The Saudi government announced this week it is further criminalizing dissent, deeming satire that “disturbs the public order” a crime in what amounts to an escalation of already existing practices despite recent claims the Kingdom has entered an age of reformation.
The government’s Public Prosecution tweeted Monday that using social media to commit an “informational crime” that “affects public order, religious values and public morals” will be punishable by up to five years in prison and a fine of three million riyals, roughly $800,000.
The Kingdom has a well-established track record of forcefully silencing protest and dissent. It was the target of widespread condemnation when authorities imprisoned and flogged blogger Raif Badawi in 2015, as well as when it sentenced multiple youths to death over their participation in protests during the Arab Spring.
Last year, President Donald Trump and the U.S. government ignored pleas from rights groups to advocate on behalf of a student involved in those protests. He was on his way to study abroad in the United States when the Saudi authorities arrested him.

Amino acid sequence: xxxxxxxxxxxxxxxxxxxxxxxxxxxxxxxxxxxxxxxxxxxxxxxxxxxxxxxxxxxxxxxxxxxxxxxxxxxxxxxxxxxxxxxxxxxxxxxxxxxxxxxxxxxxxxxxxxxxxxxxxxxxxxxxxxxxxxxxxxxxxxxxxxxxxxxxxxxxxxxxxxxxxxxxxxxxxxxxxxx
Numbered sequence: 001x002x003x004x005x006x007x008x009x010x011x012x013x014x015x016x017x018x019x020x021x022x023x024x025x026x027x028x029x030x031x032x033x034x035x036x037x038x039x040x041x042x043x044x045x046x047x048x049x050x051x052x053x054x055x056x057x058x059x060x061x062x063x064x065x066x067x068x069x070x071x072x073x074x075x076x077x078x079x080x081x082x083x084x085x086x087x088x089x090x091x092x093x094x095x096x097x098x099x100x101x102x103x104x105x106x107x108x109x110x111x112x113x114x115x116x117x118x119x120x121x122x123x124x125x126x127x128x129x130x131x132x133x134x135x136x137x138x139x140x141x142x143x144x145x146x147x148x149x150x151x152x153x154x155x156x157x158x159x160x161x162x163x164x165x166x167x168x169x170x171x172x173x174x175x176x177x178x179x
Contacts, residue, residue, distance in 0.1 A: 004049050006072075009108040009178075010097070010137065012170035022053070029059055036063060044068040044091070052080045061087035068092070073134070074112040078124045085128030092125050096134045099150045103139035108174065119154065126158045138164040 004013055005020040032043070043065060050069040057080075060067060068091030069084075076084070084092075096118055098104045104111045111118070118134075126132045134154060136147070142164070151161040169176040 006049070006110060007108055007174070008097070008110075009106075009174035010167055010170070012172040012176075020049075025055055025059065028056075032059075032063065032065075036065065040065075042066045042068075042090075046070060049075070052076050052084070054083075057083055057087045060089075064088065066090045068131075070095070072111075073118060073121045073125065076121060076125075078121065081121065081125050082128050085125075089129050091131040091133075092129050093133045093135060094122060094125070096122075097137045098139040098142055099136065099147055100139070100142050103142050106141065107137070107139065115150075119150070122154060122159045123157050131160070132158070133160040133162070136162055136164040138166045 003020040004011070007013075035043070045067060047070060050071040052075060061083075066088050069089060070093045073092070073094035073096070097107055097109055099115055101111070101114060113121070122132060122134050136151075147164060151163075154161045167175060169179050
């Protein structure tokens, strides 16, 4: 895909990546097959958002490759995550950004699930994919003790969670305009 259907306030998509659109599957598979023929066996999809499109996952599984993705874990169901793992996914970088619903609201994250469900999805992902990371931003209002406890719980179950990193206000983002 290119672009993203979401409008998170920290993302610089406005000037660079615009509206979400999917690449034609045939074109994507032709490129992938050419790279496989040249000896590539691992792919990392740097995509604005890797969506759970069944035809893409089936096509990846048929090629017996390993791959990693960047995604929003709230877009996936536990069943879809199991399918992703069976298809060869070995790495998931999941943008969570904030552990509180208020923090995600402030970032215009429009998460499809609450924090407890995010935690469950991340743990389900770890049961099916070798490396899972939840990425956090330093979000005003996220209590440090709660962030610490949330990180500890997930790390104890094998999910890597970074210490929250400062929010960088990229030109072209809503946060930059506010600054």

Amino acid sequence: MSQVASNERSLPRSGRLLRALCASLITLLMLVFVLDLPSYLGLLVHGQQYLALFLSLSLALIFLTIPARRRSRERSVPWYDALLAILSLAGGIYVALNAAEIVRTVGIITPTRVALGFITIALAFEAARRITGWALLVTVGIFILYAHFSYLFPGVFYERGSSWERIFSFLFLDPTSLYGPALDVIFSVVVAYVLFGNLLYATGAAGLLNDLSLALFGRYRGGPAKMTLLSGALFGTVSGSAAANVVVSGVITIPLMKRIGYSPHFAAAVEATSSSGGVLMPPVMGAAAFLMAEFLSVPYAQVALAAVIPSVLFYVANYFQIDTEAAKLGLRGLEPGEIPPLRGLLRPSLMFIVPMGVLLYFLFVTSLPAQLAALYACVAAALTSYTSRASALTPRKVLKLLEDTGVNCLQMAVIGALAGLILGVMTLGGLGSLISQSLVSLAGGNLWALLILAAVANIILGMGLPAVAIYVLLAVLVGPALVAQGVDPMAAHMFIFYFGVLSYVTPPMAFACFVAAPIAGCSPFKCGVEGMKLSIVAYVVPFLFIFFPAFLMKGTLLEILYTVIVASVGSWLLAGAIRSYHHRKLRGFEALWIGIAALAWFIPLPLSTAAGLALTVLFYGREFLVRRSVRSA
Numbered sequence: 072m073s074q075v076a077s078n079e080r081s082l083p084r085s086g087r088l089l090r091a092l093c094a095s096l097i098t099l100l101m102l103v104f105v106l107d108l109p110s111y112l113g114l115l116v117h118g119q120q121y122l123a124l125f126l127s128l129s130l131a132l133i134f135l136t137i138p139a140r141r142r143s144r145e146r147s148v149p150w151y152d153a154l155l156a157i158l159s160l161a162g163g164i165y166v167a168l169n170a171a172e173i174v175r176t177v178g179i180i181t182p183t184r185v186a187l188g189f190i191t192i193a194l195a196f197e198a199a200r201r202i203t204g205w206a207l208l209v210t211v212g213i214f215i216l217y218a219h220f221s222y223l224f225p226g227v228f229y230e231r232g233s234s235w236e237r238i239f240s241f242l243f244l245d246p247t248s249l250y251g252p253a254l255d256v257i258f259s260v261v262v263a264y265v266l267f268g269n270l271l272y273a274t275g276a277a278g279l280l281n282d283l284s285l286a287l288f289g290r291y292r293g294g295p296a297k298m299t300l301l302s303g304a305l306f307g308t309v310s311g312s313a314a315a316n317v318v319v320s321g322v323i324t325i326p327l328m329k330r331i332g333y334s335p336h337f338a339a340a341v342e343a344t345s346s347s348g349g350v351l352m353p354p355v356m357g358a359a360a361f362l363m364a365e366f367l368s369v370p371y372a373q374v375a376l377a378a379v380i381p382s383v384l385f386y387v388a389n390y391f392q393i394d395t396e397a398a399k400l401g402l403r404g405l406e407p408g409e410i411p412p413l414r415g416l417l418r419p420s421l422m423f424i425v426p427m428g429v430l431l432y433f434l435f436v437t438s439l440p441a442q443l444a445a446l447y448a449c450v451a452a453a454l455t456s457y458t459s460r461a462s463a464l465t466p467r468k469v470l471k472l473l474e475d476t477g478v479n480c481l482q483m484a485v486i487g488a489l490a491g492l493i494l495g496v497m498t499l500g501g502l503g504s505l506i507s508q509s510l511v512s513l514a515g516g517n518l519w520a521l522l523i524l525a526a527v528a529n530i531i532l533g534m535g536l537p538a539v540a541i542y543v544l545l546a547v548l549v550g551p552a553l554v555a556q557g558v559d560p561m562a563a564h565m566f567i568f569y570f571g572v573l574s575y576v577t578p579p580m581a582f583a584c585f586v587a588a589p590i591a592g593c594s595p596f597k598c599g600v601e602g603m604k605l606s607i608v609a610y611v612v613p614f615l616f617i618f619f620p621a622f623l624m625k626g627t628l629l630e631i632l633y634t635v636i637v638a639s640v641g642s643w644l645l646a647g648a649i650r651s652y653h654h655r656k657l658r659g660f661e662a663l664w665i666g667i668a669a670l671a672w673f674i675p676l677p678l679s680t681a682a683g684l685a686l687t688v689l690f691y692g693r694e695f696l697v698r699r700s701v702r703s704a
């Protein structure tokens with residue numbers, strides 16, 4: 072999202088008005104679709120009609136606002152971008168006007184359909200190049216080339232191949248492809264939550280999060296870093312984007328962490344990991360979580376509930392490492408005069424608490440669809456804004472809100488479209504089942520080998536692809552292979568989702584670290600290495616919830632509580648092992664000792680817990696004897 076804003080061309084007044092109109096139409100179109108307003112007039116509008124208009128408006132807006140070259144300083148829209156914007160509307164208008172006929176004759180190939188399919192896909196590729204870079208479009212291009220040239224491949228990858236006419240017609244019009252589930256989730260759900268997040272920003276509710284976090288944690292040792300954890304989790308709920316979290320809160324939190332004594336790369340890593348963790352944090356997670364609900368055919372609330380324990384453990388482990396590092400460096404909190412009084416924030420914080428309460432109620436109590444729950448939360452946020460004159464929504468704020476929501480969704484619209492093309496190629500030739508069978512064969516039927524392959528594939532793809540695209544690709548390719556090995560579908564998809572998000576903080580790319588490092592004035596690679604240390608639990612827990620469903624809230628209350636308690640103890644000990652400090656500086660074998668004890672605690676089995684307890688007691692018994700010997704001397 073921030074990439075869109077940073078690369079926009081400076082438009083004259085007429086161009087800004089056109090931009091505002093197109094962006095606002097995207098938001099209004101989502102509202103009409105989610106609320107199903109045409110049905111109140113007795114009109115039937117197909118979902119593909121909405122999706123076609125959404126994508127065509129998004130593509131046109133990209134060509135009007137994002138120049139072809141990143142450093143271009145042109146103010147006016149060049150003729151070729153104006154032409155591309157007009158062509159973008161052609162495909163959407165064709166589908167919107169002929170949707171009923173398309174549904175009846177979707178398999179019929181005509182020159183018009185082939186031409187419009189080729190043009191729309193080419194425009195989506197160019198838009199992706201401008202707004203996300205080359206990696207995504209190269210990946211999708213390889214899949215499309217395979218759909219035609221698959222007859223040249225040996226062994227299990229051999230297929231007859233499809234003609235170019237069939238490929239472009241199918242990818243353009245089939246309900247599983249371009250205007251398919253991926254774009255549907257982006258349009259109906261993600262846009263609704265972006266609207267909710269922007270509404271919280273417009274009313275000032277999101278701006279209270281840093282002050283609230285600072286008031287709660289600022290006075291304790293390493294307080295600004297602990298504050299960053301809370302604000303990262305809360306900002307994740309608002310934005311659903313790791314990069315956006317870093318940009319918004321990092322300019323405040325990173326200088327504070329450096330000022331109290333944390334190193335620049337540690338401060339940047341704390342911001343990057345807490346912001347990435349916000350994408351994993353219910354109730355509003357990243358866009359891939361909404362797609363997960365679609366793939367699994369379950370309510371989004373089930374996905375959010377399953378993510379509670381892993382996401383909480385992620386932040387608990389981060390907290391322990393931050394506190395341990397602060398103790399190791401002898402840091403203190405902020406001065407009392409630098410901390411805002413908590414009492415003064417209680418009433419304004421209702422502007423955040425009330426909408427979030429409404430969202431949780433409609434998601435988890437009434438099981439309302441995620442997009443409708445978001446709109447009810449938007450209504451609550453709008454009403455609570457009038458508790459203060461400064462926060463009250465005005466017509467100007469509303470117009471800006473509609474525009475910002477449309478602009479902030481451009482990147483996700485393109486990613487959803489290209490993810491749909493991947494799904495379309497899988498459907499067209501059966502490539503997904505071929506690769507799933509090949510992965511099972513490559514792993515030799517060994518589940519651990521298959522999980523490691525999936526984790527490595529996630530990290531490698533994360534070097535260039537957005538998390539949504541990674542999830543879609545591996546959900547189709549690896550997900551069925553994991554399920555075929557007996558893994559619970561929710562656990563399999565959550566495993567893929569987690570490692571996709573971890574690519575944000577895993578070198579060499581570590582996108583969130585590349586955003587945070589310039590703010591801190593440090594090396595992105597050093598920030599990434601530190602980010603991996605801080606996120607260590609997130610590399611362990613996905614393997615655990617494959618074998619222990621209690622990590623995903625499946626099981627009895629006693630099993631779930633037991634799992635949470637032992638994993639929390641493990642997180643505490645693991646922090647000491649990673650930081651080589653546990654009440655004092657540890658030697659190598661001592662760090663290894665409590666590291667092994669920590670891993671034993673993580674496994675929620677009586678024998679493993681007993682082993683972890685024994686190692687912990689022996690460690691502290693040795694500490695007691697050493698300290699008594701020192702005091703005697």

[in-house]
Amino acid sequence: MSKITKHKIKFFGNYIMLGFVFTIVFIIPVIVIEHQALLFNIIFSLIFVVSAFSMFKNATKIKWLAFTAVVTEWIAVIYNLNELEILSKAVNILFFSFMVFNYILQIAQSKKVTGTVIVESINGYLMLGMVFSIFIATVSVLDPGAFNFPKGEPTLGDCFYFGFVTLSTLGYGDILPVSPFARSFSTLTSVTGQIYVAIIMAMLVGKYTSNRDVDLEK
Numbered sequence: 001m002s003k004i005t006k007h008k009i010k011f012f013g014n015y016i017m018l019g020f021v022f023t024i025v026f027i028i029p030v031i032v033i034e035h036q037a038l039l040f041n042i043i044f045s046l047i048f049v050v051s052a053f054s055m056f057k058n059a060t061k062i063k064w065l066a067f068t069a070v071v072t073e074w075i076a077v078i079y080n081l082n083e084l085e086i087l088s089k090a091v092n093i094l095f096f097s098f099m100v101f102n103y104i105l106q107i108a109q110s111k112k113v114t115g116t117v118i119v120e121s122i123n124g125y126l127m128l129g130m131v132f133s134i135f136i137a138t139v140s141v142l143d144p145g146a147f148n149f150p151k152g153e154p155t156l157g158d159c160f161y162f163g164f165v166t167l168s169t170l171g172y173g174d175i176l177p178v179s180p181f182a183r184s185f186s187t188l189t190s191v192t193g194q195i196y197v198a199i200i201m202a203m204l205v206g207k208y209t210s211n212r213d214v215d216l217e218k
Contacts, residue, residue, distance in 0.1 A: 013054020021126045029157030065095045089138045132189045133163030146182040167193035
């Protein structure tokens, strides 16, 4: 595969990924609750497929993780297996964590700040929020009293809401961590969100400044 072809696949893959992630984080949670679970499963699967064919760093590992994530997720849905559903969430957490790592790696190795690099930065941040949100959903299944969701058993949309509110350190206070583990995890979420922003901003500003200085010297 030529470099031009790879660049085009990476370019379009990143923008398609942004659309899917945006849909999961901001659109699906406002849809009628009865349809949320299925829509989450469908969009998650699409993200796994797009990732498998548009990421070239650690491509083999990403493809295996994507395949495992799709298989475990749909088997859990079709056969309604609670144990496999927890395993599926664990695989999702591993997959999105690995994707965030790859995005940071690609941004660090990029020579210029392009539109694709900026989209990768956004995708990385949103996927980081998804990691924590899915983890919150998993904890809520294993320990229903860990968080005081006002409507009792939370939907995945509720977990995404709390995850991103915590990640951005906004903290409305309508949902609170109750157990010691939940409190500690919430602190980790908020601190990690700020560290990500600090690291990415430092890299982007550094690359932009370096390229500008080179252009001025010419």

Women have also been arrested for fighting for their rights. Concern over women’s rights launched a public feud between the Saudi government and Canada after Ottawa’s government criticized the Kingdom’s crackdowns. This has resulted in further suppression of speech and protest. Since that incident, the Saudi government has persecuted the family of a Saudi blogger located in Montreal; after attempting to use the family to silence him—and after he refused to keep quiet—two of his brothers disappeared.
In light of claims of “reform” in Saudi Arabia, such as granting women the right to drive, the American media has fawned over the Kingdom.
Meanwhile, massive arms deals facilitated by both Trump and Obama have led directly to the deaths of children in Yemen as the Saudi government suppresses protest domestically. Despite the notion that U.S. ties with the Saudis are justified because the Kingdom has embraced modernity under the guidance of Crown Prince Mohammed bin Salman, the ongoing crackdowns on dissent suggest little has changed.